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About terrymac

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  • Birthday 03/21/1946

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  • Gender
  • Location
    Corrales, New Mexico

LW Info

  • Leatherwork Specialty
    Floral carving
  • Interested in learning about
    Sheridan style
  • How did you find leatherworker.net?
    surfing the web
  1. Sheilajeanne, your instructor was wrong. Pear shaders (thumbprints)can be utilized either way. If you would look at the cover of the latest "Leather Crafters" journal, you will see a piece tooled Bobby Park (Hidepounder) on which every flower is treated the way Yin Tx did. It just all depends on the effect you want Terry
  2. Fiebings Antique Paste - haze? Help?

    Get some wool ,, if you are using rags or paper towels, I'll will guarantee you are not getting all of the residue. Tandy sells some synthetic wool that works great. At this time on your project, use the wool and reapply the Tankote, and work into the leather. I'm afraid the oil you applied may hinder the excess residue. I always apply oil before the paste and I personally will use only Bees Natural Oil. I threw the underfoot oil away a long time ago. Bees will not darken your leather. Hope this helps, Terry
  3. My SOP is to apply Bees Natural oil (will not darken leather) and after dried, apply Clear lac. Never have had any rub off. Might add Clear lac and saddle lac are two completely different products. Terry
  4. Try Bee 's Natural Saddle Oil. Has no smell and does not darken leather. Hop e this helps Terry
  5. suppliers that split english bridle

    I could tell it was split as the thickness was uniform on the entire side. Ain't going to happen without splitting. Terry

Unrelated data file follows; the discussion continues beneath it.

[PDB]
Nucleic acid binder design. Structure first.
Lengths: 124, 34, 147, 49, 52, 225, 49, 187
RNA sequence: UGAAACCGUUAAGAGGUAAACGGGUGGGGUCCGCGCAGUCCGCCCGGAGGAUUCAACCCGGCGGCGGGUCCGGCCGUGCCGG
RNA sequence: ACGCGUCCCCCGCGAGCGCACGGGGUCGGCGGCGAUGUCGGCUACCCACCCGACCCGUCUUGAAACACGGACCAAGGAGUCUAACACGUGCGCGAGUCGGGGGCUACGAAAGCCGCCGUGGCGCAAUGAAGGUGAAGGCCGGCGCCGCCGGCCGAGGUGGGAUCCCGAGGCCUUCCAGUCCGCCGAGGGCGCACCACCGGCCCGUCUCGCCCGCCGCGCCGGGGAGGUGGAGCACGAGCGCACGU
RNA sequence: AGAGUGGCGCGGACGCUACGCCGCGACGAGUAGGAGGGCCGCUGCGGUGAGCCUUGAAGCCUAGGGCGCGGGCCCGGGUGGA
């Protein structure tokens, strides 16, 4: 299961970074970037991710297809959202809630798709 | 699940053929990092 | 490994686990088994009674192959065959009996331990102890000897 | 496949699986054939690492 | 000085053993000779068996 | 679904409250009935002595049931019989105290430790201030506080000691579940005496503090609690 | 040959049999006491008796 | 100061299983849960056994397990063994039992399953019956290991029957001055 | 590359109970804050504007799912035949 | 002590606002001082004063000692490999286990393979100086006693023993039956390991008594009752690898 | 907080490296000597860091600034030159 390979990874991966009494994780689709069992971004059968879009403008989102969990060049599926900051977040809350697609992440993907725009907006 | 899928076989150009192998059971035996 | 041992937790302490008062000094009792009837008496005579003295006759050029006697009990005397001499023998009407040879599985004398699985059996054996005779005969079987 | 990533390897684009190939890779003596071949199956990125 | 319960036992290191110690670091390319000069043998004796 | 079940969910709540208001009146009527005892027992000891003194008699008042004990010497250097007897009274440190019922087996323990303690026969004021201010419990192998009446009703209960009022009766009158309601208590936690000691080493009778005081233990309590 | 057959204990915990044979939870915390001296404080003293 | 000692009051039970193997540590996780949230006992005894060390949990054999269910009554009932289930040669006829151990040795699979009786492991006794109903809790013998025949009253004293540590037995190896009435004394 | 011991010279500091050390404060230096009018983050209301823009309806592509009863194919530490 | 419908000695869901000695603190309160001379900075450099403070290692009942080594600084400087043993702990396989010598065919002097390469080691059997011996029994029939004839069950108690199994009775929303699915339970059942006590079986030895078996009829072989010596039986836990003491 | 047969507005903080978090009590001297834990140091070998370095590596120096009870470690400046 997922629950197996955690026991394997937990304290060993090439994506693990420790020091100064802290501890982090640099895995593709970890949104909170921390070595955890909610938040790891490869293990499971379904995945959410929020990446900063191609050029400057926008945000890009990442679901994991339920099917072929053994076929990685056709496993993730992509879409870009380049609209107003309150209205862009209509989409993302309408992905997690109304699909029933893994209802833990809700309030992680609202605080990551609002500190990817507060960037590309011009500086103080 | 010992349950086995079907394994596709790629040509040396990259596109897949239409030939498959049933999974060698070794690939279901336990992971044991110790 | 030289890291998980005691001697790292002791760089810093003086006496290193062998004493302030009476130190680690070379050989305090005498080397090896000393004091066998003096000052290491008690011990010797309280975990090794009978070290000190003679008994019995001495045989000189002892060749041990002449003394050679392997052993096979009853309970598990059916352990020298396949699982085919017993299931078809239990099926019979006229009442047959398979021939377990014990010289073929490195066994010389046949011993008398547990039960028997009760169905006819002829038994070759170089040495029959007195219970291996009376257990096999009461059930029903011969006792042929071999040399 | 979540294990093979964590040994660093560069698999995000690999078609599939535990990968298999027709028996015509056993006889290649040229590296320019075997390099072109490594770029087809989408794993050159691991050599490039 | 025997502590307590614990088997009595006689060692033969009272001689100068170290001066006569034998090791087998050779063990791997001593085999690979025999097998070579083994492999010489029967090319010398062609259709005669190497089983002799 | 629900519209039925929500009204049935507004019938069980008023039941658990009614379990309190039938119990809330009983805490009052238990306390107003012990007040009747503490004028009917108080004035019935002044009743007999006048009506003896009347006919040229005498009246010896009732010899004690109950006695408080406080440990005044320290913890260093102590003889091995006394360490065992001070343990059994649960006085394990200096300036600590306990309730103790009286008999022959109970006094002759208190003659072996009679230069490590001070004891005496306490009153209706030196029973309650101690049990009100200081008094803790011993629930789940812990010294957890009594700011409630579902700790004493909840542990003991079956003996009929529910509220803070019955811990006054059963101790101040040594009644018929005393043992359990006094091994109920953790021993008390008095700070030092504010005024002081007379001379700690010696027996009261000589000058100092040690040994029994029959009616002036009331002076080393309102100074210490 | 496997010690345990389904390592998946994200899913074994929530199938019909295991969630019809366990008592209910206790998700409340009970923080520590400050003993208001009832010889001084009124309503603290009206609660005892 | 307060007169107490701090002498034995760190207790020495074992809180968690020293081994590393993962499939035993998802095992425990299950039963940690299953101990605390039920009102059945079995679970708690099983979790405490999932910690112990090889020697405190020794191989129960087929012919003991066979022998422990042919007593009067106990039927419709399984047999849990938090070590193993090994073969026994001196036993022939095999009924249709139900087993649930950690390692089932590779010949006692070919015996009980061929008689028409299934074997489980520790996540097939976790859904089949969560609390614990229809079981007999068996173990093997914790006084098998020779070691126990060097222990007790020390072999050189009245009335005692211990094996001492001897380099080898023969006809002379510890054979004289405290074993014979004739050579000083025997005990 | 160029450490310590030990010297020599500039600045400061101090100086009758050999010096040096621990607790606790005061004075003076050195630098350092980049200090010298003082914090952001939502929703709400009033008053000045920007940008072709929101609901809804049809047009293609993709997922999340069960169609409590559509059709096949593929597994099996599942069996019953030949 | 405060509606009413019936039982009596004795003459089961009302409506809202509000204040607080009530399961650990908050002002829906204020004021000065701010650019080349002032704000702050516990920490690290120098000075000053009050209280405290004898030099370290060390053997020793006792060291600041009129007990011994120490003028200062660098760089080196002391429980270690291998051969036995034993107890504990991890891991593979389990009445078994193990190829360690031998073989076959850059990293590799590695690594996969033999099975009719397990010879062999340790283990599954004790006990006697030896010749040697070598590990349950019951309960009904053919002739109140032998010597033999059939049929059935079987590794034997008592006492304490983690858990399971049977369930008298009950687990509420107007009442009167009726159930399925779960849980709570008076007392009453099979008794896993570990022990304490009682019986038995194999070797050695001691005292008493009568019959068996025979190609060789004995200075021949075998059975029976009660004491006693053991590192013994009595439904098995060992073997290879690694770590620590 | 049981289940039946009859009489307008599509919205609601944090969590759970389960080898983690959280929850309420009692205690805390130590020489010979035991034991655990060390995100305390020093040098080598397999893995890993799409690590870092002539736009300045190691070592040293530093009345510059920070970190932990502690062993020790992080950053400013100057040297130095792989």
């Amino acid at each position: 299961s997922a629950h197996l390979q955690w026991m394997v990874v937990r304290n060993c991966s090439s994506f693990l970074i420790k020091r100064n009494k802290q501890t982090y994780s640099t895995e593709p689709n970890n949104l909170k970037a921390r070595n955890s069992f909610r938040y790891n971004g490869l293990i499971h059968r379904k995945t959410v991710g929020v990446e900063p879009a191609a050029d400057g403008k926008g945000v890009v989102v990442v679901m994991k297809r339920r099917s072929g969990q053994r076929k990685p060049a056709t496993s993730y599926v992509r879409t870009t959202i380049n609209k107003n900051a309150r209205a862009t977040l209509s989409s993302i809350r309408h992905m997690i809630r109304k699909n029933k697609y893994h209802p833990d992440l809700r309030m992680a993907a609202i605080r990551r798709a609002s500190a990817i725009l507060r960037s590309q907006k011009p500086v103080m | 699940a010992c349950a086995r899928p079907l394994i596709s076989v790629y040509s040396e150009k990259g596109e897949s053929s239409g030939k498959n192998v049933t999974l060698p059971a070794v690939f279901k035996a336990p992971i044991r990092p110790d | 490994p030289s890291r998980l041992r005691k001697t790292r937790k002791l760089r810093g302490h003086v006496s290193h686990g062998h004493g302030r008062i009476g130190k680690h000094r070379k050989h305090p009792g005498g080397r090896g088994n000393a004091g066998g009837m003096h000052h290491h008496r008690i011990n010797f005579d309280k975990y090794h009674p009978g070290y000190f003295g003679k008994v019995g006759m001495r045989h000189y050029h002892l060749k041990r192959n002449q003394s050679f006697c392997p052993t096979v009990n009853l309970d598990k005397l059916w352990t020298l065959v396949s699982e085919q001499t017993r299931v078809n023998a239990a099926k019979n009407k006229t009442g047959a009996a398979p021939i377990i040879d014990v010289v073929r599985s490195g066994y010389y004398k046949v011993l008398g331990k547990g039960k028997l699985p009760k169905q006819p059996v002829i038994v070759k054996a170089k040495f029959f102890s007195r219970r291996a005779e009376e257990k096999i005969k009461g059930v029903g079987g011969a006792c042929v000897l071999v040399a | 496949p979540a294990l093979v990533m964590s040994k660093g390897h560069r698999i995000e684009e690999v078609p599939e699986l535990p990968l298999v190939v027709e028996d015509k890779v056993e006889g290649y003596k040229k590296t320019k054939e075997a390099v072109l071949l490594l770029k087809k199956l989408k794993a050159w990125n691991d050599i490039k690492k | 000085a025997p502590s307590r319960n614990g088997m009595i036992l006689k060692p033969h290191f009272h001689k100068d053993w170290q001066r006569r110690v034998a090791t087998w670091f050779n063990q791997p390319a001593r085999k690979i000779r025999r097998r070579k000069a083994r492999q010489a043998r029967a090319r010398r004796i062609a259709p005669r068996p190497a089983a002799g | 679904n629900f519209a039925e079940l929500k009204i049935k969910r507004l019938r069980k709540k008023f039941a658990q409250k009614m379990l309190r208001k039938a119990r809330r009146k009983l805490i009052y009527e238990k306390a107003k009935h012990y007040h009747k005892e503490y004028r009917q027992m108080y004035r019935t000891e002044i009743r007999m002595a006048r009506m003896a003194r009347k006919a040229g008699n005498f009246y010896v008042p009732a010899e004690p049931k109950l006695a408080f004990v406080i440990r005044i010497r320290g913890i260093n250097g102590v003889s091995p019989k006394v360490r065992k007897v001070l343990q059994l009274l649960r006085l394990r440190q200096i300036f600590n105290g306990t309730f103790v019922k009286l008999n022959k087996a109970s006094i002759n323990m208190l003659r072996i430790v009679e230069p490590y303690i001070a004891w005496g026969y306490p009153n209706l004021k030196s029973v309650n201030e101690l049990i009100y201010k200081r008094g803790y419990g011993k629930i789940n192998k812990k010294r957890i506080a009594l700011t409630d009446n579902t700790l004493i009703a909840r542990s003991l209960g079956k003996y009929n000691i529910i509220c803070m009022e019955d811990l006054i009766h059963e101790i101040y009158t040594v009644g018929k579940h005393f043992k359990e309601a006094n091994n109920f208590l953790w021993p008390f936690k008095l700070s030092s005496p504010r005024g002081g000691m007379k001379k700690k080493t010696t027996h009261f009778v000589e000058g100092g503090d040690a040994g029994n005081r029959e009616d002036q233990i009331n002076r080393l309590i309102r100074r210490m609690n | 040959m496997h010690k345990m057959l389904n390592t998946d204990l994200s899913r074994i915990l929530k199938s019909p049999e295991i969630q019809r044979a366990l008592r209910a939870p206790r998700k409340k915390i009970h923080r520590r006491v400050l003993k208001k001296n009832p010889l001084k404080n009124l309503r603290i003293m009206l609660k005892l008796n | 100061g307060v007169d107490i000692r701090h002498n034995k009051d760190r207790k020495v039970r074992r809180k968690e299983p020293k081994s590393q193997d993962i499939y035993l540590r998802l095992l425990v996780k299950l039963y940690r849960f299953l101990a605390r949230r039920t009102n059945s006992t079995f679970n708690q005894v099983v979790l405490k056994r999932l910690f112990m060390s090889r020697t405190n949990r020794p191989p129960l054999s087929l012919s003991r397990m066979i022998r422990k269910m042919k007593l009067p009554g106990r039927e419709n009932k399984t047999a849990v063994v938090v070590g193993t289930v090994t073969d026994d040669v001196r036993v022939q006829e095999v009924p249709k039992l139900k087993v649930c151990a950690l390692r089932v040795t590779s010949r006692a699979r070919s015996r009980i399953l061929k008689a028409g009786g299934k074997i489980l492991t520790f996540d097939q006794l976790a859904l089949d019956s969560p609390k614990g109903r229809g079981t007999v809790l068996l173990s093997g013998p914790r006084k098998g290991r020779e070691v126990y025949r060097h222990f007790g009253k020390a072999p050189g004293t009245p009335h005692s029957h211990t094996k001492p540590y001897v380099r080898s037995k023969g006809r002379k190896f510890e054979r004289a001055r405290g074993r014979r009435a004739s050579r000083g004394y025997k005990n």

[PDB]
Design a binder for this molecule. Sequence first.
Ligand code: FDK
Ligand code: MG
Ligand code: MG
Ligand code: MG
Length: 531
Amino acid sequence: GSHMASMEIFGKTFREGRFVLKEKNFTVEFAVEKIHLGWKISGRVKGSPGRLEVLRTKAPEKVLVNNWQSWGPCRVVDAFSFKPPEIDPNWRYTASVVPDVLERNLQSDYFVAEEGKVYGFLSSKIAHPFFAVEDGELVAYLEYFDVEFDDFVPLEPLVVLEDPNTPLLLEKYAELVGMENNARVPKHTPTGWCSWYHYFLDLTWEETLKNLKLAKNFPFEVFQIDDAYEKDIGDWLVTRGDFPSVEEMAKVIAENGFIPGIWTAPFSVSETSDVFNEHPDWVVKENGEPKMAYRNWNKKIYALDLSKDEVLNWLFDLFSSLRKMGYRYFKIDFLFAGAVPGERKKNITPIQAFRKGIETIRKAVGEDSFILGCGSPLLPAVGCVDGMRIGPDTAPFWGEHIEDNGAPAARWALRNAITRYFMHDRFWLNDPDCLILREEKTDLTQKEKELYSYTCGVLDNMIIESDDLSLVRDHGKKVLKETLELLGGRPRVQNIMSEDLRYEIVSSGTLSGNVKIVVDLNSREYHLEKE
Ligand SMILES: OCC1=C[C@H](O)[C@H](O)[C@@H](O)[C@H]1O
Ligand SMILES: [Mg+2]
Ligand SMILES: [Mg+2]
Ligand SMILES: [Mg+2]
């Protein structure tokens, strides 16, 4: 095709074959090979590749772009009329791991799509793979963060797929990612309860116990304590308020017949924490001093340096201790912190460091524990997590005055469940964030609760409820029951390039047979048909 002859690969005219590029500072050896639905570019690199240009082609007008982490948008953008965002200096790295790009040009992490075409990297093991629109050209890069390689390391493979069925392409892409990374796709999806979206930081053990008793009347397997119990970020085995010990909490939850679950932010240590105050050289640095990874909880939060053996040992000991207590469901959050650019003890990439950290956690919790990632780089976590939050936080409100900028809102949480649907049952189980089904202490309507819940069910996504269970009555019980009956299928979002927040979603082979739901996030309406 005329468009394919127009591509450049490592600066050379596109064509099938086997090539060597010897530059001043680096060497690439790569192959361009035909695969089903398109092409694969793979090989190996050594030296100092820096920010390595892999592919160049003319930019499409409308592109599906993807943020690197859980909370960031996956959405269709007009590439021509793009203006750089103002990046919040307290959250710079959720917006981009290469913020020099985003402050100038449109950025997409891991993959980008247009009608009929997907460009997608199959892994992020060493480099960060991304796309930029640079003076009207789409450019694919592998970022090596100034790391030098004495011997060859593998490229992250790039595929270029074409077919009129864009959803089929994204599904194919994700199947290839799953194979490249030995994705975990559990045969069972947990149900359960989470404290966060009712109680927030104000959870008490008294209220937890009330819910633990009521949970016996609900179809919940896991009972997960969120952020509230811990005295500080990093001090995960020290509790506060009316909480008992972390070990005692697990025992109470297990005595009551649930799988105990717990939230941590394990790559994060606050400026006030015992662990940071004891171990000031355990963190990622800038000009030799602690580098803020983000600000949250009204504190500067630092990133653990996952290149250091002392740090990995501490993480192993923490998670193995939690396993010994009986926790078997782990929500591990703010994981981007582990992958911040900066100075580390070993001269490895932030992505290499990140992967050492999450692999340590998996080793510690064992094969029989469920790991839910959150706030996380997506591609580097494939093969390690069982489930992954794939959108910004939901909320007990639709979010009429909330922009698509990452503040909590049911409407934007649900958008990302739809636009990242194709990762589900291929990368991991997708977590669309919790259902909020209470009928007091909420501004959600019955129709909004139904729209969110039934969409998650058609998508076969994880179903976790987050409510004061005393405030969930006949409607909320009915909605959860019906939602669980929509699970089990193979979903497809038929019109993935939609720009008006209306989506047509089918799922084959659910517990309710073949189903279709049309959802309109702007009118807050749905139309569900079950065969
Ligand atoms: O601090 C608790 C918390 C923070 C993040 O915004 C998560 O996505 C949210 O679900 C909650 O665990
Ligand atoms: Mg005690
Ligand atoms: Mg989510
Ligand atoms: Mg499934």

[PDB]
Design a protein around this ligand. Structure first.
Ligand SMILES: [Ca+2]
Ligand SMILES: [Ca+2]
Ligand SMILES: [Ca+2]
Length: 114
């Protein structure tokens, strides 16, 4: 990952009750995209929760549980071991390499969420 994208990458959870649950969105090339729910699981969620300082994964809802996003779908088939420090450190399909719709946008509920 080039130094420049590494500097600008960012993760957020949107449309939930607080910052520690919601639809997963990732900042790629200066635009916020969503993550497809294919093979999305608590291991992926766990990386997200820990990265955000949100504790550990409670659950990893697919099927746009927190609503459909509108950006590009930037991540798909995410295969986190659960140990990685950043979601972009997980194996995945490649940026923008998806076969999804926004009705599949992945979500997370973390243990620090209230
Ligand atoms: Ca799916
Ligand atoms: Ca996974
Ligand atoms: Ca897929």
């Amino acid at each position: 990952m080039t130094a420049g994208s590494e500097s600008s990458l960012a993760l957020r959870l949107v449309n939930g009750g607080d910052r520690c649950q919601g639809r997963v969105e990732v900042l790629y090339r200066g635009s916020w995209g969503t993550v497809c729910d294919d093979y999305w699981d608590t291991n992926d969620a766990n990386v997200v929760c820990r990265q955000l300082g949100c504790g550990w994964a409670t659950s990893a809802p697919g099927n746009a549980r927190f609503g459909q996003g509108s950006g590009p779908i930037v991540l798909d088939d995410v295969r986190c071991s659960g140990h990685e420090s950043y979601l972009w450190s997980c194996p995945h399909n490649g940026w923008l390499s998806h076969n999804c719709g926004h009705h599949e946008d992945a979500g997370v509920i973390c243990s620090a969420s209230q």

6. suppliers that split english bridle

    They charge a small amount if you want the leather "pasted" back. You can't tell it was ever split. Good people Terry

    Is this number correct? Cannot get text to go thru Terry
  8. Clear lac can be applied directly over antique paste with no waiting time. Been doing it for over 50 yrs. If you are not using wool to remove excess, you are not getting it all. Terry
  9. Antique gel causing discoloration

    TanKnote is no way, no how ever intended to be a resist. In fact, it can be added to antique paste if it starts drying, or to lighten up the antique color . It also works great when you have splotchy areas from the antique, and it will remove most of the "splotch". The only product that really works is Clearlac or Wyosheen sold by Barry King ( both the same product). Must say I have not used Bee's new product so can't comment on it although their saddle oil is the best on the market. You get into Tandy's antiques, and you can take everything I have said and throw it out the window. Resolene does not work very well either. Terry
  10. Clean antiquing/highlighting

    Use wool pads to remove excess antique paste. It is the only way I have found to get the paste out cuts and tooling marks. My resist is Clearlac, same thing Bob is using. Terry
  11. More practice. Belt blank

    Barry King sells a packet of belt patterns done by Bill Gardner, one of the godfathers of the Sheridan style carving. Well worth the money. They were are tooled by Clinton Fay, and include a complete list of the Barry King tools used. Good luck Terry
  12. More practice. Belt blank

    Great improvement!! Small suggestion is to continue veiner work around complete scroll. Do this prior to beveling and then when you bevel the border, most of it disappears, yet appears that these marks were part of the complete scroll. Keep it up Terry
  13. Tooling practice/critique

    Whole lot better. Next order of business is smoothing out your beveling. You don't want to see individual tool marks as around the top of your petals. Someone will tell you to use a modeling spoon to smooth, but that doesn't work when you use a checked beveler, as I do 90 percent of the time. Just keep practicing, and you will get it. The other area to work is uniform spacing of the veiner marks around the scroll. I cheat, I got some old prickng wheels and use those to mark individual tool marks placement. Hope this helps, Terry
  14. Tooling practice/critique

    Biggest problem I can see your swivel cuts are not deep enough to show any relief after beveling. Your cut depths should be at least thirty percent of the thickness of the leather, preferably more. Hope this helps, Terry